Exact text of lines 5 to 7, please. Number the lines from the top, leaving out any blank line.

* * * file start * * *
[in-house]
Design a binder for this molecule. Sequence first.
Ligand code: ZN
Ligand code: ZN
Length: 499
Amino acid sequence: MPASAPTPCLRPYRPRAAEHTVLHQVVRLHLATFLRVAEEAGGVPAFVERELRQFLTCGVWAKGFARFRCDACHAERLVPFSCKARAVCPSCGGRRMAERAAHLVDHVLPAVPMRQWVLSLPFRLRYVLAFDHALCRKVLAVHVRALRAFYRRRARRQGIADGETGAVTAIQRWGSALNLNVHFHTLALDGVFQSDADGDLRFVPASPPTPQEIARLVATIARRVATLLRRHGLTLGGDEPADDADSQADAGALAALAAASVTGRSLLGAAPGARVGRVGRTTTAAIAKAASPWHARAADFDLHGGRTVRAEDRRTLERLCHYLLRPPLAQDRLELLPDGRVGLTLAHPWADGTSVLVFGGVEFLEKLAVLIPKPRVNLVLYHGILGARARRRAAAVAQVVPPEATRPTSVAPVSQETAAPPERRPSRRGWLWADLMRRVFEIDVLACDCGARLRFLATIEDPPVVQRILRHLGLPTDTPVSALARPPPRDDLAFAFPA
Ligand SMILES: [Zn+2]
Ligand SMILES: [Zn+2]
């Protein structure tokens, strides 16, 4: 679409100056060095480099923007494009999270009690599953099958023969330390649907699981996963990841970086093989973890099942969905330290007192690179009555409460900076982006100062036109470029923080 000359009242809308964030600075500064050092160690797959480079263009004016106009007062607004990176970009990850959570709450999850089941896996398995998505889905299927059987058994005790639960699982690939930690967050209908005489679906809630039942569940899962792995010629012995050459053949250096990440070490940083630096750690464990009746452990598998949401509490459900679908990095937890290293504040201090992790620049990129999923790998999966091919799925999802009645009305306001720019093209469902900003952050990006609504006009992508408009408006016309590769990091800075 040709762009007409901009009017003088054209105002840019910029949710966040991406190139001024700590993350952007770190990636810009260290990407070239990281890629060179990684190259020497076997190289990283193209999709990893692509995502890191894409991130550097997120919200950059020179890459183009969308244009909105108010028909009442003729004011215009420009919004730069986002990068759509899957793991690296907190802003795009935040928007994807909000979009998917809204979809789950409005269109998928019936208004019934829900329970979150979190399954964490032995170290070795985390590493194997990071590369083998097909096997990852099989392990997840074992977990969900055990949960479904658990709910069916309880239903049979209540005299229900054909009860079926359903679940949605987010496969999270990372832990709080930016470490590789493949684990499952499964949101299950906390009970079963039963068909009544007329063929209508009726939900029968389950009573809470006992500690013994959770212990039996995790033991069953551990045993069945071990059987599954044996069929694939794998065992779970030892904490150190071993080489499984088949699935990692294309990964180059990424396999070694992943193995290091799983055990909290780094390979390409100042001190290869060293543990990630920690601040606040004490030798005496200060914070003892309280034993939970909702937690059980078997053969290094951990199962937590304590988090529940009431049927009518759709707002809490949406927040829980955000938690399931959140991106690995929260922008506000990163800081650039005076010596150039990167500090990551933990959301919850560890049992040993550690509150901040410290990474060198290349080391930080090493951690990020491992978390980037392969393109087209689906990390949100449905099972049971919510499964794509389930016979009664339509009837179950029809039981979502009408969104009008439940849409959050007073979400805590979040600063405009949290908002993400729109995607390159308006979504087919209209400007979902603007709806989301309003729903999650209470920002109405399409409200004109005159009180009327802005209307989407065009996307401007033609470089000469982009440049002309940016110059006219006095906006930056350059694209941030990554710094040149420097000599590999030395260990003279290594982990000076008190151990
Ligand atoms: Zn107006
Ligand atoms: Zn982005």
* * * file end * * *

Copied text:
Length: 499
Amino acid sequence: MPASAPTPCLRPYRPRAAEHTVLHQVVRLHLATFLRVAEEAGGVPAFVERELRQFLTCGVWAKGFARFRCDACHAERLVPFSCKARAVCPSCGGRRMAERAAHLVDHVLPAVPMRQWVLSLPFRLRYVLAFDHALCRKVLAVHVRALRAFYRRRARRQGIADGETGAVTAIQRWGSALNLNVHFHTLALDGVFQSDADGDLRFVPASPPTPQEIARLVATIARRVATLLRRHGLTLGGDEPADDADSQADAGALAALAAASVTGRSLLGAAPGARVGRVGRTTTAAIAKAASPWHARAADFDLHGGRTVRAEDRRTLERLCHYLLRPPLAQDRLELLPDGRVGLTLAHPWADGTSVLVFGGVEFLEKLAVLIPKPRVNLVLYHGILGARARRRAAAVAQVVPPEATRPTSVAPVSQETAAPPERRPSRRGWLWADLMRRVFEIDVLACDCGARLRFLATIEDPPVVQRILRHLGLPTDTPVSALARPPPRDDLAFAFPA
Ligand SMILES: [Zn+2]